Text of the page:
Thursday, July 12, 2012
In 1985, Claude Chabrol's Cop au vin reinvigorated his career at a time when he'd been struggling and floundering. A darkly comic murder mystery set in a small town where everyone had secrets to hide, it was especially notable for the twinkly-eyed presence of the comic actor Jean Poiret, playing the cheerfully brutal and unethical Inspector Jean Lavardin, investigating a murder with wit and excessive methods. The film was such a success that Chabrol immediately followed it up with Inspector Lavardin, which as the title indicated shifted the inspector to the center of the story. There's some continuity with the first film, in that Lavardin's excessive brutality in dunking a suspect's head underwater had got him transferred even further into the country, but otherwise he seems none the worse for wear, every bit the same mischievous, wickedly clever bloodhound from the first film, digging up trouble and mystery that stretches well beyond the murder mystery that he's ostensibly solving.
Like the first Lavardin film, this one is all about ferreting out the weirdness and wickedness of the supposedly respectable, and in this it's a specifically Christian, Catholic form of hypocrisy that Lavardin's investigation is uncovering. The opening scenes, before Lavardin's arrival, introduce the respected Catholic writer and moralist Raoul Mons (Jacques Dacqmine), having a joyless lunch with his family. Mons hilariously tells his maid/cook that they're just "simple folk," that she can place the food on the table rather than serving them, which already marks him as one of Chabrol's typical comically clueless bourgeois figures. His family — wife Hélène (Bernadette Lafont), stepdaughter Véronique (Hermine Clair) and his wife's brother Claude (Jean-Claude Brialy) — doesn't seem to have any more respect for him than Chabrol does, and they take any opportunity to have some fun when he's out of the room. While Raoul's not around, Claude entertains the women with Chaplin's famous dance of the dinner rolls, and then Raoul heads off to lead a movement to ban a blasphemous play called Our Father Who Farts in Heaven.
Needless to say, this is a richly, darkly funny film, and once Lavardin arrives on the scene, his deceptively casual form of investigation only adds to the fun. He's not quite as charmingly fascistic as he was in Cop au vin, but he's still a little light on ethics, especially when it's revealed that Raoul's wife is Lavardin's former lover, and the detective promptly moves into the dead man's home. The more he investigates, the more he finds out about Raoul's hypocritical life. Chabrol really pours on the outrage: this supposed Christian is a drug dealer and user, a philanderer, and eventually it turns out, a blackmailer and rapist.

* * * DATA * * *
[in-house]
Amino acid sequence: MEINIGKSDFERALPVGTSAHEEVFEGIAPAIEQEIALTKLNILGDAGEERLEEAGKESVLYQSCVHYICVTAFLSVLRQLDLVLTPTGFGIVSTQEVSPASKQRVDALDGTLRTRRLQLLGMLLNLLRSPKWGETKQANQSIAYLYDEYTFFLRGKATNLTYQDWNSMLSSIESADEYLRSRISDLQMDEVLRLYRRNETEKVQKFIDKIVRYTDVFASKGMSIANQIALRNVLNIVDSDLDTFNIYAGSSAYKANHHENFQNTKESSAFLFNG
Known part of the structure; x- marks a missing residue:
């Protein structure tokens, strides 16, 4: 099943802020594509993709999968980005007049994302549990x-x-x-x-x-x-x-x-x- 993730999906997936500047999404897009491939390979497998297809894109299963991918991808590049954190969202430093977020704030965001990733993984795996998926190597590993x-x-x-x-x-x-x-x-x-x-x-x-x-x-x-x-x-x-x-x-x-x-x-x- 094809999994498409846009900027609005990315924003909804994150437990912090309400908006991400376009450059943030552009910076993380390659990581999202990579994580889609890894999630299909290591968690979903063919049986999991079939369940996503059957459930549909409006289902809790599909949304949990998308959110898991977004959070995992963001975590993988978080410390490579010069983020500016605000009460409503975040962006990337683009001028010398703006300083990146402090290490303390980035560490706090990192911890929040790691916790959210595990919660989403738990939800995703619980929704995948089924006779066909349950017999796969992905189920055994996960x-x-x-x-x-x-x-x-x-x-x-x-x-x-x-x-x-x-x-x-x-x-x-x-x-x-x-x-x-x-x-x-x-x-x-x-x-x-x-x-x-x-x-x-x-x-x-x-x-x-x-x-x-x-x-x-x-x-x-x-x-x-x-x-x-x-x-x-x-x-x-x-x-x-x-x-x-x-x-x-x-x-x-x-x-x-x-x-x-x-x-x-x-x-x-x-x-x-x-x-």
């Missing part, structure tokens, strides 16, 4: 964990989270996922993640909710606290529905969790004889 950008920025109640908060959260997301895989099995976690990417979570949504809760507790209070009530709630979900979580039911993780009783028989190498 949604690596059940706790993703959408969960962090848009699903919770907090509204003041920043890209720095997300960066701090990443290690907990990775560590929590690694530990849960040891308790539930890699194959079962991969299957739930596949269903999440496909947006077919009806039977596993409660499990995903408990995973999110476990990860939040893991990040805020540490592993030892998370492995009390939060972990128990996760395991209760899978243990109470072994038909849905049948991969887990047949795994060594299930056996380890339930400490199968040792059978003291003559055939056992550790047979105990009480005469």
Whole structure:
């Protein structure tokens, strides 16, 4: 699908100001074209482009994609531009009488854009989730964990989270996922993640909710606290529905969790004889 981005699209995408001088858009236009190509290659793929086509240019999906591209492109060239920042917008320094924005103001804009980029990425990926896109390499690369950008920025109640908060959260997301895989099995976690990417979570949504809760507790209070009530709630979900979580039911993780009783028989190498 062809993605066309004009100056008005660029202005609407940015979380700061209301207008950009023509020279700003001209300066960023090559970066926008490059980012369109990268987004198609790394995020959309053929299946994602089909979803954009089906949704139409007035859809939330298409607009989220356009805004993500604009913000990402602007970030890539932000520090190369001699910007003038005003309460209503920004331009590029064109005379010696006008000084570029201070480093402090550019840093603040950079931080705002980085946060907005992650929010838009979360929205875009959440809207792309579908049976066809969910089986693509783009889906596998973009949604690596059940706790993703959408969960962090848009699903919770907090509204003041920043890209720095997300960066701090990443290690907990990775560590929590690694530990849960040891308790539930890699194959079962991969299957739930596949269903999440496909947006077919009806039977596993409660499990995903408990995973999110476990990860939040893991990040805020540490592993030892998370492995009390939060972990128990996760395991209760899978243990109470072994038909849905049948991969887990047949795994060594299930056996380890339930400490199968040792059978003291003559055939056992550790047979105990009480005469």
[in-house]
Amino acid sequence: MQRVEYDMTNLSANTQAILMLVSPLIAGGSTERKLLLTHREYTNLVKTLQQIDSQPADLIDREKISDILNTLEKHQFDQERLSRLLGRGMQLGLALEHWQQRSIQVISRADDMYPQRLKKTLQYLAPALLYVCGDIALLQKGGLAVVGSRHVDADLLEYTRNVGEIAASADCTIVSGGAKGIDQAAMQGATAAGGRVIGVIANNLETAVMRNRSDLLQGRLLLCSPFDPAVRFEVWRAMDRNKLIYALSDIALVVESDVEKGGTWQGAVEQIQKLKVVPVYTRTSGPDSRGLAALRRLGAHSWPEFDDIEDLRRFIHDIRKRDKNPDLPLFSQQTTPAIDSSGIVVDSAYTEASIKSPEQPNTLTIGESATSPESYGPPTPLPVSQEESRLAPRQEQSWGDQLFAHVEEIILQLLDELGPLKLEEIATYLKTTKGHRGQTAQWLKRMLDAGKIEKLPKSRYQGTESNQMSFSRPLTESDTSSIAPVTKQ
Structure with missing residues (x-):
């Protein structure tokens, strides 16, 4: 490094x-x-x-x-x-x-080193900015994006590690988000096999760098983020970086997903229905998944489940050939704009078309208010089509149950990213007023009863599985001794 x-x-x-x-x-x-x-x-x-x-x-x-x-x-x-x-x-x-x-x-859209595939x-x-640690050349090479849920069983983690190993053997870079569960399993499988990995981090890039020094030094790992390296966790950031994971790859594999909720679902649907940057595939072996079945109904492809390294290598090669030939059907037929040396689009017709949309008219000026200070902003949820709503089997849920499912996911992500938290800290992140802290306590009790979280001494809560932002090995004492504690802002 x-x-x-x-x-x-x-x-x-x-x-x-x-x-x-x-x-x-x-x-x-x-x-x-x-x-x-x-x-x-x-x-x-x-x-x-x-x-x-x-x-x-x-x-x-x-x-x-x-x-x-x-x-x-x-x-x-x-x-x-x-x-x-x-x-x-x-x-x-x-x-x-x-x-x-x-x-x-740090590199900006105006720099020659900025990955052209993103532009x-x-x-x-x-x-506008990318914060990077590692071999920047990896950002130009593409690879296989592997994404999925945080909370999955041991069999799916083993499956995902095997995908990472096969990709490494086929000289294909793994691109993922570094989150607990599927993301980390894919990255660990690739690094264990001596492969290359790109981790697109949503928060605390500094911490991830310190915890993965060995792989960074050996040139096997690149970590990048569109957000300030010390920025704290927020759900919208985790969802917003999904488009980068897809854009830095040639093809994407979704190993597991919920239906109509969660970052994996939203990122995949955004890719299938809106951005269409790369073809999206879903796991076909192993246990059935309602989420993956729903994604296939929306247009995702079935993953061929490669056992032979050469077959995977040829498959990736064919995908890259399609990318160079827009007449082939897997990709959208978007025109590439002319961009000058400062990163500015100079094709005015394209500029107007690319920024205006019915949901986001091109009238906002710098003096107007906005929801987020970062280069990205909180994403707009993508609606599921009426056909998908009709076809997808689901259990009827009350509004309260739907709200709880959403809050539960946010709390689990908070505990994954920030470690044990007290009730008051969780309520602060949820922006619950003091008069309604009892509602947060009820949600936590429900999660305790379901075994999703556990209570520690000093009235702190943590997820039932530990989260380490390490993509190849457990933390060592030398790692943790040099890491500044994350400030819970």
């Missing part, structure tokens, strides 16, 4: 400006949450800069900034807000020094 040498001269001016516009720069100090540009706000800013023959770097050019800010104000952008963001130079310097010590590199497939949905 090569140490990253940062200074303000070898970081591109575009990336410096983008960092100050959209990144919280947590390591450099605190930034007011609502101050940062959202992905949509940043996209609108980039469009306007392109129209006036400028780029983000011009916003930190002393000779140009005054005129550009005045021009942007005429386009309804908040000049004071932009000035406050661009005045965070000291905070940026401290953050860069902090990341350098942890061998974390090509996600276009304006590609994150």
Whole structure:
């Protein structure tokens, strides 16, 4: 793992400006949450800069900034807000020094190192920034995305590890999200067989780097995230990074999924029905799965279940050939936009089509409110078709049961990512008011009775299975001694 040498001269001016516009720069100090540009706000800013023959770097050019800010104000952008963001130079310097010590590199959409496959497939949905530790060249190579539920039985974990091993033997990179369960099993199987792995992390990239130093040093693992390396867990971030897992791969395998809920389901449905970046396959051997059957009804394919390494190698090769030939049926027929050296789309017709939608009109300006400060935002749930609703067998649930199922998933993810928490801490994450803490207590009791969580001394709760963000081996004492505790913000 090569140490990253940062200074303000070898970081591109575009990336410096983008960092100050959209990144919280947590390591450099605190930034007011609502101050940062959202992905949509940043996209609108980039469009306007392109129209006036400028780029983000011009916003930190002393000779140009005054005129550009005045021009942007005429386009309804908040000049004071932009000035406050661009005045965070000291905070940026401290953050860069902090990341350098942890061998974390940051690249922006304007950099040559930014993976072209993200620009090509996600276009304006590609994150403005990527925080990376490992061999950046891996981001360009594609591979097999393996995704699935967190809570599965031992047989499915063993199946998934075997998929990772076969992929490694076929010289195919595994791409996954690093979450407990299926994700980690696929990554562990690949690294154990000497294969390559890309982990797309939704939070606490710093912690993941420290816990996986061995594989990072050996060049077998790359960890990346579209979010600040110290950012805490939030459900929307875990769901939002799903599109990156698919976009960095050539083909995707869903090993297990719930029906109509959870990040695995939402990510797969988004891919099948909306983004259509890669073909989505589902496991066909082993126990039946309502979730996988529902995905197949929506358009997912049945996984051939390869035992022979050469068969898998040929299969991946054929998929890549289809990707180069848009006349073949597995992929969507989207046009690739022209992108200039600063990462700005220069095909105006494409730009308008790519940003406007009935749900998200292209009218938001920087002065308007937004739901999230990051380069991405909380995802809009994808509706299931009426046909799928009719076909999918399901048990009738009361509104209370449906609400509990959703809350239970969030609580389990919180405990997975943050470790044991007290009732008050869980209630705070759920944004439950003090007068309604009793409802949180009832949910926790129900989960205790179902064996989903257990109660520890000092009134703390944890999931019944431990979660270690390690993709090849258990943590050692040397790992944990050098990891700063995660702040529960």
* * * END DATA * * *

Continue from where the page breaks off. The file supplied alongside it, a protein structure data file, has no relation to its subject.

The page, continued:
Lavardin, who's long been nursing some pain over Hélène leaving him long ago, seems less interested in the mystery, more interested in protecting Hélène and her daughter, who's named Véronique just as Lavardin had once wanted to name his own daughter, if he'd had one. He quickly becomes paternal and protecting towards the girl — who even shares the inspector's piercing blue eyes, though there's no indication she's actually his daughter — and there's a sense of yearning for family in the dogged inspector, who towards the end of the film suddenly claims that he has a family, then admits with a shrug that the photo in his wallet was not of his family but of a woman who'd killed her kids.
Chabrol brings a typically sharp visual style to this farcical murder mystery. There are numerous shots that highlight the theme of surveillance and witnessing running through the film: shots through binoculars, through the viewfinder of a camera, from a high vantage point where a hidden recording device sits, and through a magnifying glass that expands the inspector's eye to massive size, because of course he takes in everything. (That last shot is referenced in Chabrol's final film Inspector Bellamy, whose titular cop is a descendant of Lavardin.) Claude has a bizarre hobby that also relates to seeing, painting glass eyes that copy the eyes of famous people (Salvador Dali, complete with a set of eyebrows) and people he knows, like his sister. In Claude's room, surrounded with shelves on which pairs of eyeballs sit staring, raised on stalks or hidden behind masquerade masks, one can't help but feel that one is being constantly watched, but the same impression dogs the inspector and the other characters throughout the film. A pair of tabloid photographers prowl around everywhere, snapping pictures and mirroring the sneakiness of the inspector himself, who also watches from in hiding, seeing things he's not supposed to see. And in the film's final twist the mystery is solved through a surveillance video tape, a hidden eye looking down on the action and revealing the truth.
Not that Lavardin is especially interested in the truth, because as soon as he learns it, his efforts shift to covering it up, which makes the film's ending strangely hilarious and ironic. Chabrol is clearly having fun here, and though the film is concerned with the usual Chabrol theme of digging into the seedy underbelly of things, it's obviously in a much lighter context. Part of the fun is reuniting Brialy and Lafont, who'd appeared, together and separately, in some of Chabrol's earliest features, and here provide some continuity with the director's past. There's also continuity with the previous Lavardin film, especially in the inspector's obsessive breakfast habits, here indicated with his scolding of the cook for her overdone eggs. Chabrol's second outing with the clever, amoral inspector is as delightful, and as delightfully perverse, as the first.